What to look for
Before visiting a salvage yard, have a clear idea of what you want to make or how you want to use it in your home. ‘There aren’t really any set rules as long as the reclaimed wood isn’t rotten,’ says Matthew Flint, founder of The Reclamation Shop. Common uses are for flooring, feature beams and doors. ‘Look for something bigger than you need,’ adds Matthew. ‘You can always cut a piece to size, but you can’t make it bigger. Bends or bows in wood can make stunning centrepieces as a mantelpiece, or a shapely table or worktops, so don’t be put off by these. Above all, have an open mind about how to use the material in a different way.’
What to avoid
‘Hard woods such as oak, elm, teak, mahogany and walnut are best, as the quality lasts. If it looks as if it has an off-white or yellow film, or some sort of fungus on it, it’s got dry rot. If it is very dark-looking wood and is almost spongy to touch, it has wet rot. Both are very difficult to fix; however, wet rot in a very small area can be cut away and treated,’ Matthew explains.
Woodworm is another problem, so if the wood has lots of little holes in it, it’s best avoided – however, a small sign of historic woodworm in beams can also be treated before the wood is used in the home. Try to look for wood that has been stored indoors, as any reclaimed wood that has been exposed to weather runs the risk of warping once in situ due to moisture content.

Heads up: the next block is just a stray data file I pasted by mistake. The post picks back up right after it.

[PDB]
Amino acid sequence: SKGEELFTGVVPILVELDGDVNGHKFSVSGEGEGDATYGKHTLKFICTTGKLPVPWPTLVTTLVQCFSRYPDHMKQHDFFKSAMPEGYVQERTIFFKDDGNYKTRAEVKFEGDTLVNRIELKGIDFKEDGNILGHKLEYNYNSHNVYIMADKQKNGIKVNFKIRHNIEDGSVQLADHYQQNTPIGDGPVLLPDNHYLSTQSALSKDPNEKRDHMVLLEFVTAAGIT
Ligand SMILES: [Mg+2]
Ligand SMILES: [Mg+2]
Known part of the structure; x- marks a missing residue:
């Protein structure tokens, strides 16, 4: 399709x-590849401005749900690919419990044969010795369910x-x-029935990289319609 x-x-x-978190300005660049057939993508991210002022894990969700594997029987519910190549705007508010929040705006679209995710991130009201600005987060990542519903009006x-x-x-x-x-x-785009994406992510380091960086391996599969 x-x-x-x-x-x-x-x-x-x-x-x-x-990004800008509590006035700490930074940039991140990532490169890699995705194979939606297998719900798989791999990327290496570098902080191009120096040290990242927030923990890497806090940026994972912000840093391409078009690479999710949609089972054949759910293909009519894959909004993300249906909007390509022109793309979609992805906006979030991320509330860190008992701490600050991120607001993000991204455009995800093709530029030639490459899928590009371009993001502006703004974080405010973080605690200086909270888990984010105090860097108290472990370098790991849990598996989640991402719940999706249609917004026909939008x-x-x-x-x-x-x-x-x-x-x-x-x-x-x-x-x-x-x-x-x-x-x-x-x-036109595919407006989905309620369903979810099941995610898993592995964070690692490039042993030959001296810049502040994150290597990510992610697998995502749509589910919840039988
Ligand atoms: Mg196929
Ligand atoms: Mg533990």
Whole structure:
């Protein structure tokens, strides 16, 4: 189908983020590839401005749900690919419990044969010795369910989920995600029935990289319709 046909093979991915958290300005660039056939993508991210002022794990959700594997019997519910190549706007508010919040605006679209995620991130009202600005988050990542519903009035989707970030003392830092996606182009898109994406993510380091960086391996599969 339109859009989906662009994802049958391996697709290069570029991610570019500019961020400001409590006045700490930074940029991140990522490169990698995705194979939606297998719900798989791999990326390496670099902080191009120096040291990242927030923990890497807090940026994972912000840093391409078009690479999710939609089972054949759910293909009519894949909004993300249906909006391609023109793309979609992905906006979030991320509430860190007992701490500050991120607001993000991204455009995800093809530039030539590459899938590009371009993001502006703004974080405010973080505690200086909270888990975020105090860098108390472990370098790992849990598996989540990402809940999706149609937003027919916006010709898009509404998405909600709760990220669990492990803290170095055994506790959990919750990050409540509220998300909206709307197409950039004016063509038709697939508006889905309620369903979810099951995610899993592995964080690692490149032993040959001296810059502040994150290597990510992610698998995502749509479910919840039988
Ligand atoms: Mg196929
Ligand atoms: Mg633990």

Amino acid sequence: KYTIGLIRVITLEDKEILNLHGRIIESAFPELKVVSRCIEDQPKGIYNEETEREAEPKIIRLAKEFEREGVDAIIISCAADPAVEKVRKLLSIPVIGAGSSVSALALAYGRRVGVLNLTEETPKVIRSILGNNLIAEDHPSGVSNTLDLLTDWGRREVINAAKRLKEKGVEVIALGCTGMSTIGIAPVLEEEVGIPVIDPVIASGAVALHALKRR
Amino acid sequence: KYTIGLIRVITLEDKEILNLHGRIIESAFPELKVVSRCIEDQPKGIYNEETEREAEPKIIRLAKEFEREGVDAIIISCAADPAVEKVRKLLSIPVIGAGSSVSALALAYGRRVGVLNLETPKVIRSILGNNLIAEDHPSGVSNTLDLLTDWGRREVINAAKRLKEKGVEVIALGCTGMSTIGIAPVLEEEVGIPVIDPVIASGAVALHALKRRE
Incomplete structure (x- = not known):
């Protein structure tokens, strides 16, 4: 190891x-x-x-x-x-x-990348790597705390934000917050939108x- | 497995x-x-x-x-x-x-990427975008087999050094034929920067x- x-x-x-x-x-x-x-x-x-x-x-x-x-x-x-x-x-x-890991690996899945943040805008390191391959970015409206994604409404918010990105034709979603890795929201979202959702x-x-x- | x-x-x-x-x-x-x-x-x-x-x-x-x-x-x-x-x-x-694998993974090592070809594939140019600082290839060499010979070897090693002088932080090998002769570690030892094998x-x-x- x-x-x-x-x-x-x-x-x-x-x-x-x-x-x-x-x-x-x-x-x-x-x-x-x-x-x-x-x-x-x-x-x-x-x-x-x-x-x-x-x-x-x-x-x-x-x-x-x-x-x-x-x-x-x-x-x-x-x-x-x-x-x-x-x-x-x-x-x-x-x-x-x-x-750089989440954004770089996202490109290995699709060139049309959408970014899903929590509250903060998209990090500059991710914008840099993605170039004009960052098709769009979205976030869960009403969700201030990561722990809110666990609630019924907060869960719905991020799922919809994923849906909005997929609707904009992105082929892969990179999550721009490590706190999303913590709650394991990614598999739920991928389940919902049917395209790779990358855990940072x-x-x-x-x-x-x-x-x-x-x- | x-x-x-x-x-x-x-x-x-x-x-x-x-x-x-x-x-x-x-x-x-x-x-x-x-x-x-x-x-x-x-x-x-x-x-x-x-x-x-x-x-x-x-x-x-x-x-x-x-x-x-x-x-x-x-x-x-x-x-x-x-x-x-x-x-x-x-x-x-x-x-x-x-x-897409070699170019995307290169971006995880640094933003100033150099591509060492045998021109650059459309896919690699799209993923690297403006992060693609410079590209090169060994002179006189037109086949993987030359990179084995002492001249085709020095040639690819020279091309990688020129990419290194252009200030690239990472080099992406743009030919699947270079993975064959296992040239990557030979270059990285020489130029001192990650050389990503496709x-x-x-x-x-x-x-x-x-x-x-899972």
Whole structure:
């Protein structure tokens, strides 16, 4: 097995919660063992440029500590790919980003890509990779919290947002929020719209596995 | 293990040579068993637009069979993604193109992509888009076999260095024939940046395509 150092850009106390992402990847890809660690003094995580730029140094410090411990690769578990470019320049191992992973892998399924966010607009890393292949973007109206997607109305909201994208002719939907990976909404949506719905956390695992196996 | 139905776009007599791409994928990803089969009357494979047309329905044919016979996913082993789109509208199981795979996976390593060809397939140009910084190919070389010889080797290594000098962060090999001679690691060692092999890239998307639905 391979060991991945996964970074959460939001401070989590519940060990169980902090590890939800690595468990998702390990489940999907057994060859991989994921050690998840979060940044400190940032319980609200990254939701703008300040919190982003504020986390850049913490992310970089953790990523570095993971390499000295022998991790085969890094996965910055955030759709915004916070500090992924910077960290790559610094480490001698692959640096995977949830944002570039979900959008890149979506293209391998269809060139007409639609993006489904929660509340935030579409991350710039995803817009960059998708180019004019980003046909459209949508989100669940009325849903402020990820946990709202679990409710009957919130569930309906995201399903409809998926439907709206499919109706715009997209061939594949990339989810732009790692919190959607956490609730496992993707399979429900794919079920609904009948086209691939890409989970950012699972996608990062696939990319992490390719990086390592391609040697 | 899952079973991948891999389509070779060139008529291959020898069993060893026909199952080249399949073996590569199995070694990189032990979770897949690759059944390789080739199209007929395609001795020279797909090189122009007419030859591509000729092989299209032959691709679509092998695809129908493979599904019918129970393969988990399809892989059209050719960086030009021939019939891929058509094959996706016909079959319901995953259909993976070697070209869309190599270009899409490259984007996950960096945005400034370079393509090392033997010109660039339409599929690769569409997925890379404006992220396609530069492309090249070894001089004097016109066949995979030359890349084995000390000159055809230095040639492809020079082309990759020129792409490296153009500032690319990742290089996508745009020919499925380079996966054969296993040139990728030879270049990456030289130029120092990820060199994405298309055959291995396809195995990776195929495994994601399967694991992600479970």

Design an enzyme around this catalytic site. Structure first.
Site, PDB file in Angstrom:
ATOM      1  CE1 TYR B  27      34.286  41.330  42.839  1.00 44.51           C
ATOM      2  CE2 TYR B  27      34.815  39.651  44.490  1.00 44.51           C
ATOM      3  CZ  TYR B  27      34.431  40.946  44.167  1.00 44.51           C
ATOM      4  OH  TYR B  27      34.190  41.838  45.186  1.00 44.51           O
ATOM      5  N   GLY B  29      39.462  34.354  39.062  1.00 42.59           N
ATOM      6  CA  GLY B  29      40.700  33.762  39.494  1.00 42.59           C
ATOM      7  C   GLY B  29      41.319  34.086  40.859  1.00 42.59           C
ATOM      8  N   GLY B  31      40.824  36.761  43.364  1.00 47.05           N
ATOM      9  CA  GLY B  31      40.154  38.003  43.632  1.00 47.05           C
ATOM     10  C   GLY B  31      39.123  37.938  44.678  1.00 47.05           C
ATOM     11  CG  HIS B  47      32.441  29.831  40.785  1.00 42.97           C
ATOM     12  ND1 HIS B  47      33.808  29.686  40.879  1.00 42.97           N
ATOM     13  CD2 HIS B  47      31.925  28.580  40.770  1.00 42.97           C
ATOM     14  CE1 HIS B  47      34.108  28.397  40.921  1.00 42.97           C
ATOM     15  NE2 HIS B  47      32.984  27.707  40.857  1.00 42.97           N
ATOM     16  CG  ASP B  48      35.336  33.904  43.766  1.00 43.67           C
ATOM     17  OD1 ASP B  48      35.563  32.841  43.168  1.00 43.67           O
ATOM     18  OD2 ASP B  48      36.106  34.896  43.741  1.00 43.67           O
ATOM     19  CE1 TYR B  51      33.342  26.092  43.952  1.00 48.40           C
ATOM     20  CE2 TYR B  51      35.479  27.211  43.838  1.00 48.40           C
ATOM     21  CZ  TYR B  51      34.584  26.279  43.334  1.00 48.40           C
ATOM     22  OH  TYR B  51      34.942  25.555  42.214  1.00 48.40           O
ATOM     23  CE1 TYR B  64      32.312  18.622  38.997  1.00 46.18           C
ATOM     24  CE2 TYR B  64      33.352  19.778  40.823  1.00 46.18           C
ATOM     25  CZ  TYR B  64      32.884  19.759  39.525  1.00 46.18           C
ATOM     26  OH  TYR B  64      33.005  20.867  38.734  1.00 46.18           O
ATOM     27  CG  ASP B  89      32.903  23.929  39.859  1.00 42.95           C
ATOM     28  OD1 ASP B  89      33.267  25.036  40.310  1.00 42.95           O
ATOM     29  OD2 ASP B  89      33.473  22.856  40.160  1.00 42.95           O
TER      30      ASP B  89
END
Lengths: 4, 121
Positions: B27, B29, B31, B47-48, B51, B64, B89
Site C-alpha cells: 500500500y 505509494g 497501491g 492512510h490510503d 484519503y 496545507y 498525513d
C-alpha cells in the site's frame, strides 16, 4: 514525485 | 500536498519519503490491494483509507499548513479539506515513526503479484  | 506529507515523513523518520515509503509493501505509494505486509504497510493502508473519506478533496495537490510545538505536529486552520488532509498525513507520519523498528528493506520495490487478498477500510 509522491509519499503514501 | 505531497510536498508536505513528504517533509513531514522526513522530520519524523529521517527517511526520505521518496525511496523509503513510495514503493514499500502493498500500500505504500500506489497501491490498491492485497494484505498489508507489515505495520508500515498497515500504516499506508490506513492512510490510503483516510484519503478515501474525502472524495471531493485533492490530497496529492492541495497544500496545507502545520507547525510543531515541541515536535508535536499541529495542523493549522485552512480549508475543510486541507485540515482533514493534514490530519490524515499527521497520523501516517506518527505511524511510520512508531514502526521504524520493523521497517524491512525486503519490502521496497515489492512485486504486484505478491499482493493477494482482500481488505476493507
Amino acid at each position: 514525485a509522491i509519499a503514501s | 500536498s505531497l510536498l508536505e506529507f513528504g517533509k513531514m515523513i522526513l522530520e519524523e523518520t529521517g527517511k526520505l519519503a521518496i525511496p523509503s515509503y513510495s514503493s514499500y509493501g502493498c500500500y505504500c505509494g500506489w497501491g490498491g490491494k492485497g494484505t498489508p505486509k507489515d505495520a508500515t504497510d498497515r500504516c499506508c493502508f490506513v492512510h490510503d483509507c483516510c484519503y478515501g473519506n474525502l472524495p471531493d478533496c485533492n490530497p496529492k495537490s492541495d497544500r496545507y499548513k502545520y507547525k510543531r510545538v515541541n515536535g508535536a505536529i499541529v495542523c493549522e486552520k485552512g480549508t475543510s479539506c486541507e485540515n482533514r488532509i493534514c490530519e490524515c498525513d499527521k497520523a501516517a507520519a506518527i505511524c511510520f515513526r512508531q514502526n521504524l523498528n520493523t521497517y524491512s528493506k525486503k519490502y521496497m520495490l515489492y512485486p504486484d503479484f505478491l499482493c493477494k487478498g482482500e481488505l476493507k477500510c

‘Avoid floorboards with adhesive and nails, as these take a lot of preparation time if using them for anything other than flooring,’ advises Peter Watson, director of Cox’s Architectural Salvage. ‘Also avoid boards that appear to have oil on them, as it will leach out, especially in a warm room.’
Salvaged wood can add character and is also eco-friendly. ‘Slightly worn flooring from schools can make a fantastic feature, while aged timber beams make for good chunky mantelpieces. Old wooden doors, gates and window frames can be crafted into pieces of furniture, headboards, flooring or sculpted pieces. ‘Resawn boards, cut from reclaimed joists, are a great source for flooring,’ says Peter. ‘These will have a clean top surface with few nail holes and no dirt. Old joists have a nice colour, uniform thickness and width, and are ready to install.’
Know the costs
If you are prepared to finish the wood, you can save a lot of money. Some places have a ‘sold as seen’ policy, in which case you will need to be sure that it is for you. Bob Lovell, owner of the Antique Oak Flooring Company, says that the most common flooring, such as pine boards, wood block and hard wood strip flooring, cost around £35 to £45*, unusual period woods, such as Georgian pine, retail from £65*, and reclaimed wide oak and elm boards start at £95*. Be prepared to pay more for cleaned, planed and sanded flooring, and you can save money by accepting random floorboard lengths and widths.
* All prices per square metre
Photograph: National Community Wood Recycling Project